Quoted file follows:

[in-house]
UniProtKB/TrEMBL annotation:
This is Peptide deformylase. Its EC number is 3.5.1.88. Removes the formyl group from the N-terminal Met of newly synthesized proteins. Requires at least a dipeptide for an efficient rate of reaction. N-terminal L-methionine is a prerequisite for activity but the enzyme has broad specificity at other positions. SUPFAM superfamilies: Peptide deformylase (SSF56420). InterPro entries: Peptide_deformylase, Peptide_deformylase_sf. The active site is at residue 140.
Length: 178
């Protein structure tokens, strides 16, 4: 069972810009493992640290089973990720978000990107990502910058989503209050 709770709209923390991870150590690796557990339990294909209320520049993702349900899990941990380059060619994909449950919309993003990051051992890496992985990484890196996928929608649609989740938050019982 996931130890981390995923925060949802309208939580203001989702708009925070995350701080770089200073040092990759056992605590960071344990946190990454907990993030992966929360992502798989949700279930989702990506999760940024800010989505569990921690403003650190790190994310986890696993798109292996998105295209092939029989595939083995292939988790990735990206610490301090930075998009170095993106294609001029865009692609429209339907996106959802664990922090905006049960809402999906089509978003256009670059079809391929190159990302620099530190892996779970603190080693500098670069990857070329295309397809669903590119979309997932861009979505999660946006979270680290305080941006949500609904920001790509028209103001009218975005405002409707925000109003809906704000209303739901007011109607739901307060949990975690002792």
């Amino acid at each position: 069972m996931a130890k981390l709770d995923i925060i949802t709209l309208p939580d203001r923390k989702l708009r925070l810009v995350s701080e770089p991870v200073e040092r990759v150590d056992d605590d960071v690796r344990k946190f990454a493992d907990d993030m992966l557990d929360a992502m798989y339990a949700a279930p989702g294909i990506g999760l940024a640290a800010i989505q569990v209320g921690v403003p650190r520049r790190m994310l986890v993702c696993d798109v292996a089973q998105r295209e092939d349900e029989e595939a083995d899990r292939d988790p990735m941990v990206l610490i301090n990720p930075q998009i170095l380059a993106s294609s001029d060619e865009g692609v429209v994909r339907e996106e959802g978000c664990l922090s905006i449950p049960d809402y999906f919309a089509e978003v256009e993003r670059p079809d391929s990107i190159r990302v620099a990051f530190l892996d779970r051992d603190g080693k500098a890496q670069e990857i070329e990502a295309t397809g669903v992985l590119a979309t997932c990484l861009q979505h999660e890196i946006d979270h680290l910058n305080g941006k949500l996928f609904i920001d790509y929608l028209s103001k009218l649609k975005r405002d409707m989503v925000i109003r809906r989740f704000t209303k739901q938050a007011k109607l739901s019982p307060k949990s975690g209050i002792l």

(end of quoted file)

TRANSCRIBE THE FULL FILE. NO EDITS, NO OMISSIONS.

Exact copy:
[in-house]
UniProtKB/TrEMBL annotation:
This is Peptide deformylase. Its EC number is 3.5.1.88. Removes the formyl group from the N-terminal Met of newly synthesized proteins. Requires at least a dipeptide for an efficient rate of reaction. N-terminal L-methionine is a prerequisite for activity but the enzyme has broad specificity at other positions. SUPFAM superfamilies: Peptide deformylase (SSF56420). InterPro entries: Peptide_deformylase, Peptide_deformylase_sf. The active site is at residue 140.
Length: 178
């Protein structure tokens, strides 16, 4: 069972810009493992640290089973990720978000990107990502910058989503209050 709770709209923390991870150590690796557990339990294909209320520049993702349900899990941990380059060619994909449950919309993003990051051992890496992985990484890196996928929608649609989740938050019982 996931130890981390995923925060949802309208939580203001989702708009925070995350701080770089200073040092990759056992605590960071344990946190990454907990993030992966929360992502798989949700279930989702990506999760940024800010989505569990921690403003650190790190994310986890696993798109292996998105295209092939029989595939083995292939988790990735990206610490301090930075998009170095993106294609001029865009692609429209339907996106959802664990922090905006049960809402999906089509978003256009670059079809391929190159990302620099530190892996779970603190080693500098670069990857070329295309397809669903590119979309997932861009979505999660946006979270680290305080941006949500609904920001790509028209103001009218975005405002409707925000109003809906704000209303739901007011109607739901307060949990975690002792």
């Amino acid at each position: 069972m996931a130890k981390l709770d995923i925060i949802t709209l309208p939580d203001r923390k989702l708009r925070l810009v995350s701080e770089p991870v200073e040092r990759v150590d056992d605590d960071v690796r344990k946190f990454a493992d907990d993030m992966l557990d929360a992502m798989y339990a949700a279930p989702g294909i990506g999760l940024a640290a800010i989505q569990v209320g921690v403003p650190r520049r790190m994310l986890v993702c696993d798109v292996a089973q998105r295209e092939d349900e029989e595939a083995d899990r292939d988790p990735m941990v990206l610490i301090n990720p930075q998009i170095l380059a993106s294609s001029d060619e865009g692609v429209v994909r339907e996106e959802g978000c664990l922090s905006i449950p049960d809402y999906f919309a089509e978003v256009e993003r670059p079809d391929s990107i190159r990302v620099a990051f530190l892996d779970r051992d603190g080693k500098a890496q670069e990857i070329e990502a295309t397809g669903v992985l590119a979309t997932c990484l861009q979505h999660e890196i946006d979270h680290l910058n305080g941006k949500l996928f609904i920001d790509y929608l028209s103001k009218l649609k975005r405002d409707m989503v925000i109003r809906r989740f704000t209303k739901q938050a007011k109607l739901s019982p307060k949990s975690g209050i002792l």